Figure 1. Life cycle of Enterobius vermicularis. 1. Eggs of E. vermicularis are deposited on perianal folds after ingestion by a human host. 2. Self-infection occurs by transferring infective eggs to the mouth with hands that have scratched the perianal area. 3. Person-to-person transmission can also occur through handling of contaminated clothes or bed linens of infected persons. Enterobiasis may also be acquired through surfaces in the environment that are contaminated with pinworm eggs (e.g., curtains and carpeting). Some small number of eggs may become airborne and inhaled. These would be swallowed and follow the same development as ingested eggs. Following ingestion of infective eggs, the larvae hatch in the small intestine of the human host. 4. After hatching, the adult worms formed establish themselves in the colon (large intestine). The time interval from ingestion of infective eggs of E. vermicularis to oviposition by the adult females is about one month, and the life span of the adult worms is about two months.  5. Gravid females migrate nocturnally outside the anus and oviposit (i.e. it produces ova or egg) while crawling on the skin of the perianal area of the human host. The larvae contained inside the eggs develop (the eggs become infective) in 4 to 6 hours under optimal conditions, and retro-infection (i.e. the migration of newly hatched larvae from the anal skin back into the rectum) may occur but the frequency with which this happens is still unknown. CDC

Laboratory diagnosis, treatment, control and prevention of Enterobius vermicularis infection

The diagnosis is made by identifying pinworms or their eggs. Worms can sometimes be seen on the skin around the anus 2–3 hours after falling asleep. Pinworm infection is diagnosed in the laboratory by the identification of E. vermicularis worms from perianal specimens or eggs recovered from the anus of infected persons during physical clinical examination of the perineum or anus. E. vermicularis worms are small worms with pointing ends especially at the tail region (Figure 2.); and they resemble a piece of thread, thus the name threadworm or pinworm. Eggs of E. vermicularis (Figure 3.) can also be identified from feacal samples or perianal swabs.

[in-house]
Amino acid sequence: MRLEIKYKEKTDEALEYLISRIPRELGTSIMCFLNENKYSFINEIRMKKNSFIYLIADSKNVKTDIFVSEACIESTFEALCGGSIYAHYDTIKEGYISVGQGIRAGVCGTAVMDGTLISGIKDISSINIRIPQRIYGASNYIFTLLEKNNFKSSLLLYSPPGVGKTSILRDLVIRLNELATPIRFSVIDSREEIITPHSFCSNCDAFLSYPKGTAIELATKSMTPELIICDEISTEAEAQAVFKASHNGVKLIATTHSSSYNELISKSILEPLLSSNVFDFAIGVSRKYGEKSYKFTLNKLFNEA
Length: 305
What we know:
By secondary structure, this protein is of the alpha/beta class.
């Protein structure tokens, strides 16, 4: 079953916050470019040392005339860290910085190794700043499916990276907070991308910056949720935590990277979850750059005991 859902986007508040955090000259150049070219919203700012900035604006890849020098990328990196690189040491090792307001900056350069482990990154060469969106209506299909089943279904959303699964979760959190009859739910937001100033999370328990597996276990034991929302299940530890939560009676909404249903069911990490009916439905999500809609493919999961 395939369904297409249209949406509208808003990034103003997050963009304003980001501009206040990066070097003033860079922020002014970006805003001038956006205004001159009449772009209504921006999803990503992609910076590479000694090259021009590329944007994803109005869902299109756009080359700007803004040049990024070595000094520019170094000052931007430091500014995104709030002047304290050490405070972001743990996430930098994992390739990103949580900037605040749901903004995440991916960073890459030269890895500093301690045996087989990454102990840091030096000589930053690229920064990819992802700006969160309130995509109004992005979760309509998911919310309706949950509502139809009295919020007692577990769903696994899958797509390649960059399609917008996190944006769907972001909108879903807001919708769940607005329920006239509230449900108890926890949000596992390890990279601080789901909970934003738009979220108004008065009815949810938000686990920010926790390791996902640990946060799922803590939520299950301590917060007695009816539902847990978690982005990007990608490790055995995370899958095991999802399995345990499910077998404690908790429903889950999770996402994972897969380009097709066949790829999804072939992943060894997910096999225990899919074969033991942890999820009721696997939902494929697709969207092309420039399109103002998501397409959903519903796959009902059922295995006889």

Figure 2. A wet preparation showing the mature worm of E. vermicularis. Note the cervical alae at the anterior end of the worm, a feature that is unique to pinworms. The human pinworm, Enterobius vermicularis are easily transmitted from human to human and they are particularly common in children. They cause anal itching in infected human hosts.CDC
Figure 3. Eggs of E. vermicularis. Notice the pointed tail and characteristic anterior end of the pinworm. These features coupled with the small-slender morphology of the worm are why they are often called pinworm or threadworm. The nematode (roundworm) Enterobius vermicularis (previously Oxyuris vermicularis) is also called human pinworm. The adult females measure about 8 to 13 mm while the adult male measures about 2 to 5 mm. Human hosts are considered to be the only hosts of E. vermicularis. CDC

Enterobiasis can be treated with mebendazole, pyrantel pamoate and albendazole. It is important to treat family members of infected persons because they may have acquired or ingested the infective egg of the parasite by sharing beds or clothing. Infected persons should be properly treated, and the beddings and anal region should also be washed to avoid disease transmission in the family since the resistant infective eggs of E. vermicularis are very infectious when shed by gravid female worms.


Chiodini P.L., Moody A.H., Manser D.W (2001). Atlas of medical helminthology and protozoology. 4th ed. Edinburgh: Churchill Livingstone.

Ghosh S (2013). Paniker’s Textbook of Medical Parasitology. Seventh edition. Jaypee Brothers Medical Publishers,

Gillespie S.H and Pearson R.D (2001). Principles and Practice of Clinical Parasitology. John Wiley and Sons Ltd. West Sussex, England.

Gutierrez Y (2000). Diagnostic pathology of parasitic infections with clinical correlations. 2nd ed. New York: Oxford University Press.

John D and Petri W.A Jr (2013). Markell and Voge’s Medical Parasitology. Ninth edition.

Mandell G.L., Bennett J.E and Dolin R (2000). Principles and practice of infectious diseases, 5th edition. New York: Churchill Livingstone. 

Roberts L, Janovy J (Jr) and Nadler S (2012). Foundations of Parasitology. Ninth edition. McGraw-Hill Publishers, USA.

Schneider M.J (2011). Introduction to Public Health. Third edition. Jones and Bartlett Publishers, Sudbury, Massachusetts, USA.


Be the first to comment

Leave a Reply

Your email address will not be published.